Chuches, Why Have We Not Yet United?

Russian_orphansPastors, deacons, elders, church members, Sunday school volunteers – I’m curious.

(And please know that I ask myself this same question.)

Two questions, actually.

Two questions that could revolutionize the world.

A question that could shout volumes to the planet of God’s love.

And here’s the first question:

Why are our orphanages so full?

The way I see it is, the fuller the pews are, the emptier the orphanages ought to be.

Doesn’t that just make sense?

Here’s the second question:

It’s a bit more personal.

The last question was directed at the universal Church.

This one’s directed at you. And me. And my wife. And my neighbors. And my brothers and sisters in Christ.

Okay, so here it is:

It’s a scenario, really.

Suppose you received a text message from an unknown sender.

And it said



Would you not call all your neighbors and friends and family to comb the entire neighborhood, day in and day out, until you found him?

Would you not be dumpster diving in every dark alley?

Folks, there are babies and kids dumped in the orphanages and the hospital every day.

When Sarabeth and I were visiting our Baby A. in the hospital last week, there was a premature baby tucked in the back of the room all that time, crying.



And no one, that we saw, ever came to visit him.

A newborn left to his own devises in this great big, cruel world.

Our social worker told us that she was on the very brink of calling us the day we brought Baby A. home because, for the life of her, she could find no one to accept the placement of another little boy who needed a home.

But she didn’t want to overwhelm us with two newborns in one day.

The title of this post is, “Churches, Why Have We Not Yet United?”

I think it’s possible, and necessary, for churches to finally come together and encourage, no – admonish, implore  – their members to go out and adopt the local orphans and unwanted children.

We observe Orphan Sunday.

That’s great to name a Sunday after those we’re to care for. But what’s the point if we’re not all going to go out and care for these orphans?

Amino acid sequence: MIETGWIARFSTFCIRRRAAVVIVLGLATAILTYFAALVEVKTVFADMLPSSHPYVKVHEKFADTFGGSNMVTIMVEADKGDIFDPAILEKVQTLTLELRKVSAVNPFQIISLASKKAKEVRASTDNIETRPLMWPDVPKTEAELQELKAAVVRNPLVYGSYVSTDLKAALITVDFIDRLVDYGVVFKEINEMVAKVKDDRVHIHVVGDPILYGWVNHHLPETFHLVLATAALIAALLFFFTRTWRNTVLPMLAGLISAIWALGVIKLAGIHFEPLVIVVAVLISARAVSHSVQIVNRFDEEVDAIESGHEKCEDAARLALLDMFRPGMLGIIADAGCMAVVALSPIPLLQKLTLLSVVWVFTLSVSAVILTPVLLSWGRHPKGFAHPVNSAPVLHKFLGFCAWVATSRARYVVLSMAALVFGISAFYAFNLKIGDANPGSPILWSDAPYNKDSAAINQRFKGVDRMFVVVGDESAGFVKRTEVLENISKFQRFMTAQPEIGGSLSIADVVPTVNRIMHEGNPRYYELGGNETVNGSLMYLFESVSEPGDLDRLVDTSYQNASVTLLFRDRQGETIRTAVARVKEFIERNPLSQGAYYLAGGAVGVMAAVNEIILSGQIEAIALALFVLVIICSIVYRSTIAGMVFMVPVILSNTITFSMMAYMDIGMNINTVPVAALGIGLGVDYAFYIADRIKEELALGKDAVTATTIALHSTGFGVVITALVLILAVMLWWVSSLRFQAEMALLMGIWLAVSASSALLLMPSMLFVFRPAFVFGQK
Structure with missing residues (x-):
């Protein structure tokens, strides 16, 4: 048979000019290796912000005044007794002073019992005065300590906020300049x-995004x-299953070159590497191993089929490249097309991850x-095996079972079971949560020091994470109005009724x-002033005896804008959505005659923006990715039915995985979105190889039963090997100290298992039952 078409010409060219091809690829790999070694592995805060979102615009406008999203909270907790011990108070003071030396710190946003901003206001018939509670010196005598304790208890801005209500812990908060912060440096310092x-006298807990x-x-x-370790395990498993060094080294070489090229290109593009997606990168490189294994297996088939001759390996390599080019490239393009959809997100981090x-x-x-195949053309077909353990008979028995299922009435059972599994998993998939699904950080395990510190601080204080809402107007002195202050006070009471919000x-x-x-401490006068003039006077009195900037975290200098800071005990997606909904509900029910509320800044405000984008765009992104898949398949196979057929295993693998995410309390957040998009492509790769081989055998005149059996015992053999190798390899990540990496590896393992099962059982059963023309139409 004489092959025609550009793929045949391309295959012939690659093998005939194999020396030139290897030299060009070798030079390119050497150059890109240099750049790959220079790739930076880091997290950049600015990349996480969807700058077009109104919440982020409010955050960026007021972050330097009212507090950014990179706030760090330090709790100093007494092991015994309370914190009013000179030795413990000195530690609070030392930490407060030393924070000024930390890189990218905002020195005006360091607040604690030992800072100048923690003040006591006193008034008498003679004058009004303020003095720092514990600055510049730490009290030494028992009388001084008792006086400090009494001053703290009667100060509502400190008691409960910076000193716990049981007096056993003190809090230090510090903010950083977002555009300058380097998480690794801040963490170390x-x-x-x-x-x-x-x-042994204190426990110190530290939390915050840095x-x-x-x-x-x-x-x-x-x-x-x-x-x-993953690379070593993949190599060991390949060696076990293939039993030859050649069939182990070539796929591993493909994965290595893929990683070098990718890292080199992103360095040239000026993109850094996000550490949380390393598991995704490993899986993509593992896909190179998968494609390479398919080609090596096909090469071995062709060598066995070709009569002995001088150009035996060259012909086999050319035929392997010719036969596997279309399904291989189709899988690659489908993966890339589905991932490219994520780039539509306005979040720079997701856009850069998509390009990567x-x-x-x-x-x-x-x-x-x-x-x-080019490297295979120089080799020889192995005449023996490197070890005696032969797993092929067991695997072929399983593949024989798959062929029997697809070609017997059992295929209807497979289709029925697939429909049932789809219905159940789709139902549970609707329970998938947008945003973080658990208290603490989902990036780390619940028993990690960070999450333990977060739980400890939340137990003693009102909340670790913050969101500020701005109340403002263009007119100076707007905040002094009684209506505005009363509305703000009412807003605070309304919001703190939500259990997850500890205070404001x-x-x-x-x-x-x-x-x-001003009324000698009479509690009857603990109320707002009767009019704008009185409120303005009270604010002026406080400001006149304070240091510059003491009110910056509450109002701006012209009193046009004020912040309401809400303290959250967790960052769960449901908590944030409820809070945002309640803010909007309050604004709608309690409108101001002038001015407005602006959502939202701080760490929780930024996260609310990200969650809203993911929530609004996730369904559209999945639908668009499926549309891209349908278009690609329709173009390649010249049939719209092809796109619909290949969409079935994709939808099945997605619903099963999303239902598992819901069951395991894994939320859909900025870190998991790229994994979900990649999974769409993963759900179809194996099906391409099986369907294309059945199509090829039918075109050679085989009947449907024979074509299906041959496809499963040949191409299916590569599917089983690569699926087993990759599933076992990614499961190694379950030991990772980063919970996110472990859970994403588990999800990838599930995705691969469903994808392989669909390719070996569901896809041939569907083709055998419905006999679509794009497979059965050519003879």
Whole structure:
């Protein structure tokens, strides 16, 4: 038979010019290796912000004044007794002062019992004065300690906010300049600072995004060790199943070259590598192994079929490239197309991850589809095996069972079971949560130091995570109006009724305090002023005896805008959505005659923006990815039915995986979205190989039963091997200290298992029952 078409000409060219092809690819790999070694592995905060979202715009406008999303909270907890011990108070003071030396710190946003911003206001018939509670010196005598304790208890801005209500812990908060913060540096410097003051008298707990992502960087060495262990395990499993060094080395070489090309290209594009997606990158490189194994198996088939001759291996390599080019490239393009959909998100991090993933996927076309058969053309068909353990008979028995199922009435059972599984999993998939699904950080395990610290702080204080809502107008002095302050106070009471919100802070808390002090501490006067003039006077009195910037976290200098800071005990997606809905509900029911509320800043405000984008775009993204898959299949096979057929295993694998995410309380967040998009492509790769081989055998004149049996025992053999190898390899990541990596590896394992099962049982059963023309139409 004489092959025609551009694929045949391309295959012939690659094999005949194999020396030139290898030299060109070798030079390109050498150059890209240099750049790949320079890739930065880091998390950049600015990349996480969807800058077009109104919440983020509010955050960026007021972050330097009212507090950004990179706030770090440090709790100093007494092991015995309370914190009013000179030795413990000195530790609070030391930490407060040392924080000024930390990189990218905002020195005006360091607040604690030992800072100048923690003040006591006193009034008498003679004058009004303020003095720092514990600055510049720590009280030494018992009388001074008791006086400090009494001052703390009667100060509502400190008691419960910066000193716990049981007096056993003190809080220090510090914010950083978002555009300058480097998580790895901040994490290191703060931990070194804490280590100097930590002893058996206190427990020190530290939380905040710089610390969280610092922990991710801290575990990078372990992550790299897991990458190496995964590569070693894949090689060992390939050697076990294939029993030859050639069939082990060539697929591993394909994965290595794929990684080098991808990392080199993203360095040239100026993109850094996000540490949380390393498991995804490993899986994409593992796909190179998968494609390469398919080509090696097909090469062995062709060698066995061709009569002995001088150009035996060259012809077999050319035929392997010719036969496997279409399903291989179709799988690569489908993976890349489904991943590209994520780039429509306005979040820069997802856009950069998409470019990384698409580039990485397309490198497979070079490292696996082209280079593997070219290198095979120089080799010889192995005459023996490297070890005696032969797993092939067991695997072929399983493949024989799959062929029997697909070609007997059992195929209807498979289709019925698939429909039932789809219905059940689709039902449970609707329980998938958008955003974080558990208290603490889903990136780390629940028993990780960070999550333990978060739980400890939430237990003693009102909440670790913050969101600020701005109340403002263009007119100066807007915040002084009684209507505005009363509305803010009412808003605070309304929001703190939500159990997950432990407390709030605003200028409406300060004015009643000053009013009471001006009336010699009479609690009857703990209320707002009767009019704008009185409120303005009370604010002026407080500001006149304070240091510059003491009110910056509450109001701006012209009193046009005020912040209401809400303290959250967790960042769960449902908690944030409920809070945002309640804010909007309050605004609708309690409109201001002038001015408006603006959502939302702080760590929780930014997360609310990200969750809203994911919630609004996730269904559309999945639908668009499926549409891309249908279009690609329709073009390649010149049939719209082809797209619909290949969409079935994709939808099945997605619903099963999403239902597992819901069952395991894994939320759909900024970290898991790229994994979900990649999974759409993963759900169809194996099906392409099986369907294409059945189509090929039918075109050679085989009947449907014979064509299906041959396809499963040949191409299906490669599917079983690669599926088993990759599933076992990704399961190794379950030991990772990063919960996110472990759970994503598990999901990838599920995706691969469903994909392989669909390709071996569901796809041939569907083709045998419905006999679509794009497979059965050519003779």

It’s like celebrating Christmas paying no mind to Christ. Or uttering no one word of thanks on Easter.

Or eating pretend food at dinner, Neverland style.

If you smell a universal Chruch-wide calling in the air, if you’re wondering the same things I’m wondering (like why aren’t we as a whole taking this calling seriously), please forward this post on to your pastors, your elders, your deacons, your Bible study groups.

Let’s start something here.

Let’s start a revolution in the name of God.

Let’s flood our country’s orphanages with not only the love, but the presence of believers everywhere, and wash those children into our homes.

Our imperfect, flawed, loving, caring, warm, welcoming, Christ-centered homes.

And change their lives – and the world – to be a little bit more like what God had intended.

If you are interested in joining me in getting the word out to churches everywhere, or if you would like your church to be involved in this, please email me at

Please include your church status as a church employee or member,

and please include your name of the church you’re apart of, with their website address, and tell me the city and state.

One last thing, please share your interest in orphan care, by choosing one of the following:

a) I’ve not given it much thought until I read this post

b) I’ve always wanted to be involved, but just didn’t know where to start

c) I’ve adopted/fostered, and would like to educate others about the process

d) I’ve wanted to see something like this happen for a long time – Let’s do it!

Let’s get something started.


Published by Andrew Toy

Writer when I'm not being a husband or dad. So mostly just a husband and dad.

28 thoughts on “Chuches, Why Have We Not Yet United?

  1. Why do I hear so many stories about how hard it is to adopt? My brother and his wife have been trying for years (and had two failed U.S. attempts and one failed China attempt and thousands of $$ later decided to get a dog and love it.). Is it possible for an older couple to adopt a child if they’re not looking for a baby? There just seems to be so much red tape involved, and I know safety is an issue, but is there a way through it?